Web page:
Not logged in
PANGAEA.
Data Publisher for Earth & Environmental Science

Unger, Daniela; Jennerjahn, Tim C (2009): Particle flux studies of sediment traps from the northern and equatorial Indian Ocean. PANGAEA, https://doi.org/10.1594/PANGAEA.754535, Supplement to: Unger, D; Jennerjahn, TC (2009): Impact of regional Indian Ocean characteristics on the biogeochemical variability of settling particles. In: Wiggert, J; Naqvi, SWA; Smith, S; Hood, RR (eds.) Indian Ocean Biogeochemical Processes and Ecological Variability. AGU, Geophysical Monograph Series, 185, 257-280, https://doi.org/10.1029/2008GM000703

Always quote citation above when using data! You can download the citation in several formats below.

RIS CitationBibTeX CitationShow MapGoogle Earth

Abstract:
The Asian monsoon system governs seasonality and fundamental environmental characteristics in the study area from which two distinct peculiarities are most notable: upwelling and convective mixing in the Arabian Sea and low surface salinity and stratification in the Bay of Bengal due to high riverine input and monsoonal precipitation. The respective oceanography sets the framework for nutrient availability and productivity. Upwelling ensures high nitrate concentration with temporal/spatial Si limitation; freshwater-induced stratification leads to reduced nitrogen input from the subsurface but Si enrichment in surface waters. Ultimately, both environments support high abundance of diatoms, which play a central role in the export of organic matter. It is speculated that, additional to eddy pumping, nitrogen fixation is a source of N in stratified waters and contributes to the low-d15N signal in sinking particles formed under riverine impact. Organic carbon fluxes are best correlated to opal but not to carbonate, which is explained by low foraminiferal carbonate fluxes within the river-impacted systems. This observation points to the necessity of differentiating between carbonate sources for carbon flux modeling. As evident from a compilation of previously published and new data on labile organic matter composition (amino acids and carbohydrates), organic matter fluxes are mainly driven by direct input from marine production, except the site off Pakistan where sedimentary input of (marine) organic matter is dominant during the NE monsoon. The explanation of apparently different organic carbon export efficiency calls for further investigations of, for example, food web structure and water column processes.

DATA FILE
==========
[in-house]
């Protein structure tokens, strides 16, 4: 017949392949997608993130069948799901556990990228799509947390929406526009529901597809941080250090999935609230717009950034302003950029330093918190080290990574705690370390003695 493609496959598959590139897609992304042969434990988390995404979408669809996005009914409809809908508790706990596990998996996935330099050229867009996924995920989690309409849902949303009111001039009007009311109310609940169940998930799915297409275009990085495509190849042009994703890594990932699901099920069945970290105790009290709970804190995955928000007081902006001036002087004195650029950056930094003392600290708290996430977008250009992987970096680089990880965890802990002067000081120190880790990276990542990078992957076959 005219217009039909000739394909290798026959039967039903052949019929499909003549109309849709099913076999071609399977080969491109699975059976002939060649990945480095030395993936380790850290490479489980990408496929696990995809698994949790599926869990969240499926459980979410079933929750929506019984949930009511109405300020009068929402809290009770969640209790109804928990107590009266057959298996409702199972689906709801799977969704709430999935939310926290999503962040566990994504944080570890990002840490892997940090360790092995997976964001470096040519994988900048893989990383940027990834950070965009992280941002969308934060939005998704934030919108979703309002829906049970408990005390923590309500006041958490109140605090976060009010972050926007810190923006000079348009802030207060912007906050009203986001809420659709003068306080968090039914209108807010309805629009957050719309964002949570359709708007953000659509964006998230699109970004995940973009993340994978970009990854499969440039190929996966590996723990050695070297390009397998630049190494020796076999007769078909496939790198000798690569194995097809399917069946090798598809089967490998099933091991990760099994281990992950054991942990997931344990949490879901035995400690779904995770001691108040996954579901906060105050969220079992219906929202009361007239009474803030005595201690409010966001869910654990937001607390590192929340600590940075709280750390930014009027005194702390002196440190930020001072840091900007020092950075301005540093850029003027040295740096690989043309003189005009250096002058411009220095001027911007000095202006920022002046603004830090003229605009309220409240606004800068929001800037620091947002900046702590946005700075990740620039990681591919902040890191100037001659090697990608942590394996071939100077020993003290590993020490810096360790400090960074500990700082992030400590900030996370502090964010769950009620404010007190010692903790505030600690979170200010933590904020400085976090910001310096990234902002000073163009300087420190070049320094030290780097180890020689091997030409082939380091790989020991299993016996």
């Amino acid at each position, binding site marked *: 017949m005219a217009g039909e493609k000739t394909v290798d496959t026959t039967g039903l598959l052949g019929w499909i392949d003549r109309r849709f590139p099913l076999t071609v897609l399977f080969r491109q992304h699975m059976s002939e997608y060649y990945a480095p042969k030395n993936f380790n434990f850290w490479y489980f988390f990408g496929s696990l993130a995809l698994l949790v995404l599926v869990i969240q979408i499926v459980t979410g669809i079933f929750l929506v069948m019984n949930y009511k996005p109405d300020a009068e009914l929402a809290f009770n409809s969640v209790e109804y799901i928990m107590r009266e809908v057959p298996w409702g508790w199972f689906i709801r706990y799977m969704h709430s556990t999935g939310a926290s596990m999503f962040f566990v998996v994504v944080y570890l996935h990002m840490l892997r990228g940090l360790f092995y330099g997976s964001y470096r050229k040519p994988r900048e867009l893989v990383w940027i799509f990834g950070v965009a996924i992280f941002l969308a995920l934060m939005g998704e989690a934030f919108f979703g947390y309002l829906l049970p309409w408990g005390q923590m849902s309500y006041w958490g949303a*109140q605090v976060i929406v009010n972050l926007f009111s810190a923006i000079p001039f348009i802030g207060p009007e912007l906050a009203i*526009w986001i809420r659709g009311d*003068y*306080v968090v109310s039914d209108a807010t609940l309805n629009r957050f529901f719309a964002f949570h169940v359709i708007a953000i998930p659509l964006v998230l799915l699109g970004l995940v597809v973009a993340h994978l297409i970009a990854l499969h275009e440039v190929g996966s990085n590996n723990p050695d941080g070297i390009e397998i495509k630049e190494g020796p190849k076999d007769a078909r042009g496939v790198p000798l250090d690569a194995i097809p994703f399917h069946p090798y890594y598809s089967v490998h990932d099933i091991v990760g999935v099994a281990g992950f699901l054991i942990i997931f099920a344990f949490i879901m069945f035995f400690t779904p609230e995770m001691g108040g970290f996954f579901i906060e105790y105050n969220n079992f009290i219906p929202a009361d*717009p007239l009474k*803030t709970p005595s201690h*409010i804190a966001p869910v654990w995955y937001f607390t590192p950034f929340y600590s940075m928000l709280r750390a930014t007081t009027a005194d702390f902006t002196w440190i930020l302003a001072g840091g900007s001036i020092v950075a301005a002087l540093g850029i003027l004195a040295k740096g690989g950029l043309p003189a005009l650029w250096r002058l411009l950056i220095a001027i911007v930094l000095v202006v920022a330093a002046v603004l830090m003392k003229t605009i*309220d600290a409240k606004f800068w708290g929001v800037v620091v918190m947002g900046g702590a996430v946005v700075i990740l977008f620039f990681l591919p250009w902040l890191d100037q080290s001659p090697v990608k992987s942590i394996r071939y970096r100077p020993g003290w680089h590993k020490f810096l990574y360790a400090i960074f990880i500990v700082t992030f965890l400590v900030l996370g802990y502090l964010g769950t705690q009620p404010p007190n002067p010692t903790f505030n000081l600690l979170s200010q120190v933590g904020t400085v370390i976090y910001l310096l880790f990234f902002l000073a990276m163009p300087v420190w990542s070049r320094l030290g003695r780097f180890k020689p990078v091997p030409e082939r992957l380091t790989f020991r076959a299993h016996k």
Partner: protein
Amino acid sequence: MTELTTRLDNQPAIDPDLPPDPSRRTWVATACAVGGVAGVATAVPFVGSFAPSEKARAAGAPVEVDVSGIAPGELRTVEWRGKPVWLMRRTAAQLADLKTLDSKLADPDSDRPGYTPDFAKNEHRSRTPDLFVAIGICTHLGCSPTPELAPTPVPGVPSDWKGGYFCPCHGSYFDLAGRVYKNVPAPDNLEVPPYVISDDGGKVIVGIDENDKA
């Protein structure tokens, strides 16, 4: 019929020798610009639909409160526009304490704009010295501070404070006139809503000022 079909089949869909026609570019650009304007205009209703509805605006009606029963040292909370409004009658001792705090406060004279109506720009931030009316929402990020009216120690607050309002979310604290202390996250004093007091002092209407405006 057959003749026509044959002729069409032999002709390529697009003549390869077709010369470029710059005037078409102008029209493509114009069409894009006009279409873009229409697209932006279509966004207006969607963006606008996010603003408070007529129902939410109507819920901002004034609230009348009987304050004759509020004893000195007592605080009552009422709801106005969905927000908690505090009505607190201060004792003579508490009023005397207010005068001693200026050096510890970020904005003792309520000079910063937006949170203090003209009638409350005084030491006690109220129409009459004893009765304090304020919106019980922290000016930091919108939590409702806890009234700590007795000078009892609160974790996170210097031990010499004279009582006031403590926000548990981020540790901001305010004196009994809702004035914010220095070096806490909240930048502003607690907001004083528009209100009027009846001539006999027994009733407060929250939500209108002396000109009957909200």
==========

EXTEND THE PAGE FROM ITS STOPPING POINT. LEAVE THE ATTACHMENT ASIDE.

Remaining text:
Related to:
Ramaswamy, Venkitasubramani; Gaye, Birgit (2006): Regional variations in the fluxes of foraminifera carbonate, coccolithophorid carbonate and biogenic opal in the northern Indian Ocean. Deep Sea Research Part I: Oceanographic Research Papers, 53(2), 271-293, https://doi.org/10.1016/j.dsr.2005.11.003
Coverage:
Median Latitude: 9.167344 * Median Longitude: 85.724224 * South-bound Latitude: -8.291700 * West-bound Longitude: 65.820000 * North-bound Latitude: 24.770000 * East-bound Longitude: 108.033300
Date/Time Start: 1990-01-03T12:00:00 * Date/Time End: 2001-11-02T00:00:00
Event(s):
CBBT * Latitude: 13.116660 * Longitude: 84.400000 * Method/Device: Mooring (MOOR) * Comment: central Bay of Bengal trap
EIOT (Equatorial Indian Ocean Trap Station) * Latitude: 3.560000 * Longitude: 77.780000 * Elevation: -3400.0 m * Location: Lakshadweep Sea * Method/Device: Trap, sediment (TRAPS)
EPT (East Pakistan Trap Station) * Latitude: 24.770000 * Longitude: 65.820000 * Elevation: -1093.0 m * Location: Arabian Sea * Method/Device: Trap, sediment (TRAPS)
Size:
7 datasets

Download Data

Download ZIP file containing all datasets as tab-delimited text — use the following character encoding: